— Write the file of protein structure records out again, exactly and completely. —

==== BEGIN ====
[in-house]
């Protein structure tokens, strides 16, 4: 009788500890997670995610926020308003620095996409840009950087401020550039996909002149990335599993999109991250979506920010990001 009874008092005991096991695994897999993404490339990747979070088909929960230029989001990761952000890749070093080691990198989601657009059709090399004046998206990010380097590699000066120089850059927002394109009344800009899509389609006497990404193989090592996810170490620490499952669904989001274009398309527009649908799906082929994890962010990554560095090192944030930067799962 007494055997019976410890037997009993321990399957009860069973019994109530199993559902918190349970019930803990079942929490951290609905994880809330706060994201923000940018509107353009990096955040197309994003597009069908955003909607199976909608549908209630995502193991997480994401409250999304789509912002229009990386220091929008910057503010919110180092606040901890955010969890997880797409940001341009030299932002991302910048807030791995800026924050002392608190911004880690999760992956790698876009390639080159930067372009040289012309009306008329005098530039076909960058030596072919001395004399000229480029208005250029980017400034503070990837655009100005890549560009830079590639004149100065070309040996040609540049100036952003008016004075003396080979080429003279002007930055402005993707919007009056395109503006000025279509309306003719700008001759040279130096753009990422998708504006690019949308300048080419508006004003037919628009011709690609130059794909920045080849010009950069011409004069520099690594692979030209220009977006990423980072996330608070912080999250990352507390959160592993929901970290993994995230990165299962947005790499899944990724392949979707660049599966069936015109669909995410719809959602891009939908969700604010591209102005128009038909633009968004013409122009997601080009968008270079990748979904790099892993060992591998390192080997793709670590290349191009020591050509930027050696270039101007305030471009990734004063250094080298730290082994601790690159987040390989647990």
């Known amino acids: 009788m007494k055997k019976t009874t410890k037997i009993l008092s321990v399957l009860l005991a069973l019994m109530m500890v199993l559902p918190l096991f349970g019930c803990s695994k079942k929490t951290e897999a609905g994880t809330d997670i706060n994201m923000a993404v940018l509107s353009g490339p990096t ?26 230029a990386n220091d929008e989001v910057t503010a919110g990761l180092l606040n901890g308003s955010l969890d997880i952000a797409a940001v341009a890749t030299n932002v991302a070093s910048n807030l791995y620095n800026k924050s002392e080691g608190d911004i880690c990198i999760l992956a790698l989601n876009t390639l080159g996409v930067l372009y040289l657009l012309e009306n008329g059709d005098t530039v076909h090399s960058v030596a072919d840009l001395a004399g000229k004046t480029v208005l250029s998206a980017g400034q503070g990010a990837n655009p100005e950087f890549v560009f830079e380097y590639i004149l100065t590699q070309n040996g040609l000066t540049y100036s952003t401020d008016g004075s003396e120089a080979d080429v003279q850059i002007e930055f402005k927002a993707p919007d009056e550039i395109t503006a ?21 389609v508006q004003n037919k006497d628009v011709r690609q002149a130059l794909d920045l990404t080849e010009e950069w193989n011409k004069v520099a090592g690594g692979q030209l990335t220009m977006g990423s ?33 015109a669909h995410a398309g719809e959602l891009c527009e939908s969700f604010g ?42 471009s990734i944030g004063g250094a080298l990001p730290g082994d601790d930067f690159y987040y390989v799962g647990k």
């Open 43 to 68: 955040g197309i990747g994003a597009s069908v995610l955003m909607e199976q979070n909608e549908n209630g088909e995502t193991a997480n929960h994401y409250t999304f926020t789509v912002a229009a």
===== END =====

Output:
[in-house]
């Protein structure tokens, strides 16, 4: 009788500890997670995610926020308003620095996409840009950087401020550039996909002149990335599993999109991250979506920010990001 009874008092005991096991695994897999993404490339990747979070088909929960230029989001990761952000890749070093080691990198989601657009059709090399004046998206990010380097590699000066120089850059927002394109009344800009899509389609006497990404193989090592996810170490620490499952669904989001274009398309527009649908799906082929994890962010990554560095090192944030930067799962 007494055997019976410890037997009993321990399957009860069973019994109530199993559902918190349970019930803990079942929490951290609905994880809330706060994201923000940018509107353009990096955040197309994003597009069908955003909607199976909608549908209630995502193991997480994401409250999304789509912002229009990386220091929008910057503010919110180092606040901890955010969890997880797409940001341009030299932002991302910048807030791995800026924050002392608190911004880690999760992956790698876009390639080159930067372009040289012309009306008329005098530039076909960058030596072919001395004399000229480029208005250029980017400034503070990837655009100005890549560009830079590639004149100065070309040996040609540049100036952003008016004075003396080979080429003279002007930055402005993707919007009056395109503006000025279509309306003719700008001759040279130096753009990422998708504006690019949308300048080419508006004003037919628009011709690609130059794909920045080849010009950069011409004069520099690594692979030209220009977006990423980072996330608070912080999250990352507390959160592993929901970290993994995230990165299962947005790499899944990724392949979707660049599966069936015109669909995410719809959602891009939908969700604010591209102005128009038909633009968004013409122009997601080009968008270079990748979904790099892993060992591998390192080997793709670590290349191009020591050509930027050696270039101007305030471009990734004063250094080298730290082994601790690159987040390989647990």
């Known amino acids: 009788m007494k055997k019976t009874t410890k037997i009993l008092s321990v399957l009860l005991a069973l019994m109530m500890v199993l559902p918190l096991f349970g019930c803990s695994k079942k929490t951290e897999a609905g994880t809330d997670i706060n994201m923000a993404v940018l509107s353009g490339p990096t ?26 230029a990386n220091d929008e989001v910057t503010a919110g990761l180092l606040n901890g308003s955010l969890d997880i952000a797409a940001v341009a890749t030299n932002v991302a070093s910048n807030l791995y620095n800026k924050s002392e080691g608190d911004i880690c990198i999760l992956a790698l989601n876009t390639l080159g996409v930067l372009y040289l657009l012309e009306n008329g059709d005098t530039v076909h090399s960058v030596a072919d840009l001395a004399g000229k004046t480029v208005l250029s998206a980017g400034q503070g990010a990837n655009p100005e950087f890549v560009f830079e380097y590639i004149l100065t590699q070309n040996g040609l000066t540049y100036s952003t401020d008016g004075s003396e120089a080979d080429v003279q850059i002007e930055f402005k927002a993707p919007d009056e550039i395109t503006a ?21 389609v508006q004003n037919k006497d628009v011709r690609q002149a130059l794909d920045l990404t080849e010009e950069w193989n011409k004069v520099a090592g690594g692979q030209l990335t220009m977006g990423s ?33 015109a669909h995410a398309g719809e959602l891009c527009e939908s969700f604010g ?42 471009s990734i944030g004063g250094a080298l990001p730290g082994d601790d930067f690159y987040y390989v799962g647990k």
């Open 43 to 68: 955040g197309i990747g994003a597009s069908v995610l955003m909607e199976q979070n909608e549908n209630g088909e995502t193991a997480n929960h994401y409250t999304f926020t789509v912002a229009a």